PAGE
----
Speaking to a secretive media junket earlier this month, Stephen Harper insisted Canada should focus on "bringing in permanent residents who have equal rights with Canadians." If you haven't been paying attention, you'd think that Stephen Harper has been fixing immigration and opening up Canada's doors these last seven years. He hasn't.
While Harper lies to the media, Ministers Kenney and Alexander are out touting the next wave of destructive immigration changes. Now is a good time to look back and reflect on what changed in immigration in 2013, and the ways that migrant justice activists fought back.
1. Tories continue their attack on migrant workers
Though exact numbers are yet to be made public, the number of migrant workers with limited rights increased in 2013, except those in the Live-In Caregiver Program (LCP). LCP workers are the only migrant workers deemed low-skilled with some access to permanent residency, and the Tories are shutting them out. The total entries of Live-In Caregivers have fallen from a high of 12,955 in 2007 to 6,242 in 2012. A public outcry over two cases, the RBC hiring fiasco and the HD Mining cases, forced Harper and Jason Kenney in to damage control mode in mid-2013. The 5%-15% legalized wage discrimination against migrant workers was quickly outlawed, but the rest were just cosmetic changes that did little to address migrant worker demands.
2. Families lose immigration status:
A moratorium was in affect on all parent and grandparent immigration to Canada throughout 2013. Some parents and grandparents could visit, but not stay. Mid-year the government announced an end to the moratorium, to take effect in January 2014, but with severe limits. Only 5,000 parents or grandparents would be allowed to immigrate, and sponsors' would be financially responsible if their parents and grandparents went on social assistance for 20 years (it used to be 10).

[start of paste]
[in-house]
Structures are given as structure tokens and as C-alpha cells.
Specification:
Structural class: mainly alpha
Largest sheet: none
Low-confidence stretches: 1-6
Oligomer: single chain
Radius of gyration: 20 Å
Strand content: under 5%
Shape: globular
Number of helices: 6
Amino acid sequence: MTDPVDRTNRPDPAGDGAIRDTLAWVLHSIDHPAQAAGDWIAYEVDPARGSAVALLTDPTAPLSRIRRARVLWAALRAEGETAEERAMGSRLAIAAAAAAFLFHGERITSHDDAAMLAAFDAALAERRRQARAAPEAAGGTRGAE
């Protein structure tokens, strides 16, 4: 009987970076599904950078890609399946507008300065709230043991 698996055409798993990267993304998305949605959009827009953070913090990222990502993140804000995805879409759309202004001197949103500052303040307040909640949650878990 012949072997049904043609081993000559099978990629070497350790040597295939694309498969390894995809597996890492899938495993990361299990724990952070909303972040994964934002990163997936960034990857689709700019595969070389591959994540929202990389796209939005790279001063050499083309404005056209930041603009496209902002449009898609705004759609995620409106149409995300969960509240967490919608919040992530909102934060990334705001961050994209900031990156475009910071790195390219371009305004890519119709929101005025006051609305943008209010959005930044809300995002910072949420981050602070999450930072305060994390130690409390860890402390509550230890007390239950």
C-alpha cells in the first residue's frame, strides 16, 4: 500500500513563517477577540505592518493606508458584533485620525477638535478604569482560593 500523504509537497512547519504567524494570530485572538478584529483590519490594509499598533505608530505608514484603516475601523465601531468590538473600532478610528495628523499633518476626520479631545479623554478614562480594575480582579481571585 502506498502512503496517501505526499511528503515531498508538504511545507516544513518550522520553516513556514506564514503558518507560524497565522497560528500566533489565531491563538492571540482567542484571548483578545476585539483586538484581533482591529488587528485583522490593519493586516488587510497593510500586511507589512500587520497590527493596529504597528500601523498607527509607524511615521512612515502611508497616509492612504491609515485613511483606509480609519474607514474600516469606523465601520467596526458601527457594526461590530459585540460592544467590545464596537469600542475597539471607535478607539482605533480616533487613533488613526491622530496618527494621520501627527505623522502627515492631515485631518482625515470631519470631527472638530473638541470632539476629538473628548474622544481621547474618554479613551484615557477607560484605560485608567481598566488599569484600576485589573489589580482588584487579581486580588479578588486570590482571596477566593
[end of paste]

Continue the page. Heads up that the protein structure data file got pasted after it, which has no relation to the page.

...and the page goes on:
Minimum incomes needed to sponsor family members were increased by 30%. Immigration Canada is now proposing that the age of children eligible for sponsorship be decreased from 21 to 18. This is a major blow. Most migrants in Canada are denied full status and are thus separated from their families. The few poor and working class migrants that have won the right to access citizenship, like Live-In Caregivers, are suddenly seeing their hopes of one day being reunited with their families shattered. Thesechanges will keep families apart.
3. More double punishment, more surveillance, more arbitrary Ministerial power:
Bureaucrats now have the ability to take away permanent residency status from anyone serving a sentence over six months. This is double punishment; migrants are paying twice the price for the same crimes, first jail sentences and then deportations. Over 200 such immigrants who have had their permanent residency or refugee status taken away went on strike in a prison in Lindsay, ON, demanding an end to their indefinite immigration detention in September 2013.The Minister of Immigration now has wide-ranging powers to take away temporary status (student, migrant worker, refugee claimants) from migrants for undefined "public policy considerations."
The affect is chilling. With political protest fast being criminalized, migrant workers demanding their rights might lose their temporary status for protesting. Criminal law already disproportionately jails racialized people, so these new laws will take away immigration status from racialized communities, particularly from people of African descent. Controversial new changes means citizens of 29 countries must now provide biometric information to enter the country. Also in 2013, Justice for Migrant Workers launched a complaint with the Office of the Independent Police Review Director (OIPRD) against Ontario Provincial Police's racist targeting of migrant workers through mass DNA collection. The Supreme Court of Canada did give a minor victory to advocates throwing away the guilty-by-association denial of status to refugee claimants in Ezokola v Canada.
4. Little changes touted as massive victories:
A small program that would only allow 3,000 immigrants in the trades to come to the country was touted as a massive shift. The immigration system is skewed towards access for wealthier migrants with university degrees. This program acknowledges that's a problem, but does little to actually change things. Temporary foreign workers already in the country are barred from applying for immigration status under this program.